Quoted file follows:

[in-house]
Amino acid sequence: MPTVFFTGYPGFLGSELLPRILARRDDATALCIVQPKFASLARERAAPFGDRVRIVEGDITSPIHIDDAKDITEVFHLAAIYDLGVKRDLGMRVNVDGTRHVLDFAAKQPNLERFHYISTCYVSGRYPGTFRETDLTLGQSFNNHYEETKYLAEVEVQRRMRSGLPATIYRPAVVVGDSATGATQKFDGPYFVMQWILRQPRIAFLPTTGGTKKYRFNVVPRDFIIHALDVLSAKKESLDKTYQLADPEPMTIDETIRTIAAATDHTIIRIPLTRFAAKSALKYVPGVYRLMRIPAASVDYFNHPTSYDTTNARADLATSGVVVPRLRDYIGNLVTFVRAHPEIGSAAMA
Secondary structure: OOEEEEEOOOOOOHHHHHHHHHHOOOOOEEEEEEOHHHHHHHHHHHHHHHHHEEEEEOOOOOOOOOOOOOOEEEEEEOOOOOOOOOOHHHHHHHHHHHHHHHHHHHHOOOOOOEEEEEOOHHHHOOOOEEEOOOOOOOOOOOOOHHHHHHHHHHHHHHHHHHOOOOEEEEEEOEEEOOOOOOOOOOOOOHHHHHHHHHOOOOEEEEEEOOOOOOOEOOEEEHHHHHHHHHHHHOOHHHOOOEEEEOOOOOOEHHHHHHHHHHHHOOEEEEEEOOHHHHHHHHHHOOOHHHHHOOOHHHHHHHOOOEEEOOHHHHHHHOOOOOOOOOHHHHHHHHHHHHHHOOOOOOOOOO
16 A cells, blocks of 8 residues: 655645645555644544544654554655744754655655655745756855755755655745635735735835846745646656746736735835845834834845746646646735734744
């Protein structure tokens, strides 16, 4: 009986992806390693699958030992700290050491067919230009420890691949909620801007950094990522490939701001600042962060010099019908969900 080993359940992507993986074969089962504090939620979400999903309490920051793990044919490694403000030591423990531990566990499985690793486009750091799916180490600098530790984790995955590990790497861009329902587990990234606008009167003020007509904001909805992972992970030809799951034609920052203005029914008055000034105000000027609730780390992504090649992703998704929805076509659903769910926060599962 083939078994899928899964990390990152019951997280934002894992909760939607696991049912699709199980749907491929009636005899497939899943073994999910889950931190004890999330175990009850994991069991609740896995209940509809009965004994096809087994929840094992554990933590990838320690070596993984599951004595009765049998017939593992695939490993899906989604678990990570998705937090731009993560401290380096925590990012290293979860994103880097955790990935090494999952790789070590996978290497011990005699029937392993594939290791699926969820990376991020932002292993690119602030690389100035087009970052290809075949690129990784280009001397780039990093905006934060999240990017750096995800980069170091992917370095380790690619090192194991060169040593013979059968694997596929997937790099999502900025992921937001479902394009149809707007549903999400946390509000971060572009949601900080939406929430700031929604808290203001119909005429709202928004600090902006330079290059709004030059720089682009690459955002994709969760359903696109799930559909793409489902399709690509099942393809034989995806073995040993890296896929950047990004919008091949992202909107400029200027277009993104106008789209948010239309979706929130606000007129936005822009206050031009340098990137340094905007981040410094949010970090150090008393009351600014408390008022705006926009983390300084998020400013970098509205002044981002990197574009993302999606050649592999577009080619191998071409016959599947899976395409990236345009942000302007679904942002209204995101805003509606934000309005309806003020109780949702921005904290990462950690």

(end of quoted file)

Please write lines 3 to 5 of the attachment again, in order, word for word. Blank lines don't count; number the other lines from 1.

Secondary structure: OOEEEEEOOOOOOHHHHHHHHHHOOOOOEEEEEEOHHHHHHHHHHHHHHHHHEEEEEOOOOOOOOOOOOOOEEEEEEOOOOOOOOOOHHHHHHHHHHHHHHHHHHHHOOOOOOEEEEEOOHHHHOOOOEEEOOOOOOOOOOOOOHHHHHHHHHHHHHHHHHHOOOOEEEEEEOEEEOOOOOOOOOOOOOHHHHHHHHHOOOOEEEEEEOOOOOOOEOOEEEHHHHHHHHHHHHOOHHHOOOEEEEOOOOOOEHHHHHHHHHHHHOOEEEEEEOOHHHHHHHHHHOOOHHHHHOOOHHHHHHHOOOEEEOOHHHHHHHOOOOOOOOOHHHHHHHHHHHHHHOOOOOOOOOO
16 A cells, blocks of 8 residues: 655645645555644544544654554655744754655655655745756855755755655745635735735835846745646656746736735835845834834845746646646735734744
């Protein structure tokens, strides 16, 4: 009986992806390693699958030992700290050491067919230009420890691949909620801007950094990522490939701001600042962060010099019908969900 080993359940992507993986074969089962504090939620979400999903309490920051793990044919490694403000030591423990531990566990499985690793486009750091799916180490600098530790984790995955590990790497861009329902587990990234606008009167003020007509904001909805992972992970030809799951034609920052203005029914008055000034105000000027609730780390992504090649992703998704929805076509659903769910926060599962 083939078994899928899964990390990152019951997280934002894992909760939607696991049912699709199980749907491929009636005899497939899943073994999910889950931190004890999330175990009850994991069991609740896995209940509809009965004994096809087994929840094992554990933590990838320690070596993984599951004595009765049998017939593992695939490993899906989604678990990570998705937090731009993560401290380096925590990012290293979860994103880097955790990935090494999952790789070590996978290497011990005699029937392993594939290791699926969820990376991020932002292993690119602030690389100035087009970052290809075949690129990784280009001397780039990093905006934060999240990017750096995800980069170091992917370095380790690619090192194991060169040593013979059968694997596929997937790099999502900025992921937001479902394009149809707007549903999400946390509000971060572009949601900080939406929430700031929604808290203001119909005429709202928004600090902006330079290059709004030059720089682009690459955002994709969760359903696109799930559909793409489902399709690509099942393809034989995806073995040993890296896929950047990004919008091949992202909107400029200027277009993104106008789209948010239309979706929130606000007129936005822009206050031009340098990137340094905007981040410094949010970090150090008393009351600014408390008022705006926009983390300084998020400013970098509205002044981002990197574009993302999606050649592999577009080619191998071409016959599947899976395409990236345009942000302007679904942002209204995101805003509606934000309005309806003020109780949702921005904290990462950690």